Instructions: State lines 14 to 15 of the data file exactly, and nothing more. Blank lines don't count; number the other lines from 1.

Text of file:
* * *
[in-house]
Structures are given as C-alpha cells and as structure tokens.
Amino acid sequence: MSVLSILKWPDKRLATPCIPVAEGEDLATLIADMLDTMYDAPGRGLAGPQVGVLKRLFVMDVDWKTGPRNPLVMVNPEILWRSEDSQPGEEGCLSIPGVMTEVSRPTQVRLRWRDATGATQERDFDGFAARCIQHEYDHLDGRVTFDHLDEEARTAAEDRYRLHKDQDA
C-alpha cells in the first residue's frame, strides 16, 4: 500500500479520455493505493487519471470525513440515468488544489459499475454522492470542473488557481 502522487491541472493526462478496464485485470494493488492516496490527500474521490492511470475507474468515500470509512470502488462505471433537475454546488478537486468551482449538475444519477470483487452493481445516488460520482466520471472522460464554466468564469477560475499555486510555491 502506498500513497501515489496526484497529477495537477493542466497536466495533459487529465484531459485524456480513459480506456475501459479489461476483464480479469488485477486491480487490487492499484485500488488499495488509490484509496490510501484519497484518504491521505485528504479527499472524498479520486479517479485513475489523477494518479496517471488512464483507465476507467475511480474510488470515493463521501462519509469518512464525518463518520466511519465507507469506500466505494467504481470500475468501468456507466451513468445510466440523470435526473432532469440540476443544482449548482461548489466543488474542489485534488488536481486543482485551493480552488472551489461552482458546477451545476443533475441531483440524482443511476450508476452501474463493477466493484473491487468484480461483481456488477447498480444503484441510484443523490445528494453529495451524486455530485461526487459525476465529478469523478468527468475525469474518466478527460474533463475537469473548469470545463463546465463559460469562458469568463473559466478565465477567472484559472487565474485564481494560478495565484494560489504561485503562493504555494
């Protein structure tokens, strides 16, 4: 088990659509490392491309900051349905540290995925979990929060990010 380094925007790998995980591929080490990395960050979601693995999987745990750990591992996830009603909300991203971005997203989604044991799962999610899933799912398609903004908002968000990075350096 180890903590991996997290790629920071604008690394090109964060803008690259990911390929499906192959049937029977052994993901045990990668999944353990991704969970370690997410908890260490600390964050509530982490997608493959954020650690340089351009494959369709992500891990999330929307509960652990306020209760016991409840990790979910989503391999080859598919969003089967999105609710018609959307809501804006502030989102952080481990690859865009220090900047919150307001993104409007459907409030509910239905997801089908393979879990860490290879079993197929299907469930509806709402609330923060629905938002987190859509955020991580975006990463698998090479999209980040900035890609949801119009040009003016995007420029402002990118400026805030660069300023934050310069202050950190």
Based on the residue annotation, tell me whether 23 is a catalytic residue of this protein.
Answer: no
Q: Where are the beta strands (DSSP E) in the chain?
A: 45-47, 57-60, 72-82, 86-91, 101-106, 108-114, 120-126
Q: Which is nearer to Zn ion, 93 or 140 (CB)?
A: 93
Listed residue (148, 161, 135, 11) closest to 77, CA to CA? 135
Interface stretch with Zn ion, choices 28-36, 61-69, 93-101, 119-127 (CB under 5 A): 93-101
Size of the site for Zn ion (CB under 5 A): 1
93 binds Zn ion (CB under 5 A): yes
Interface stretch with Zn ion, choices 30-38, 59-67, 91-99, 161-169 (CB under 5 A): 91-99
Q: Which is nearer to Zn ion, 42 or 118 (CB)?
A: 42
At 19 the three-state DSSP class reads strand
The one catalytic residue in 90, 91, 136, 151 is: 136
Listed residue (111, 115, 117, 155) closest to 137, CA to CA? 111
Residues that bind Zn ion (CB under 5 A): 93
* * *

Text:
Size of the site for Zn ion (CB under 5 A): 1
93 binds Zn ion (CB under 5 A): yes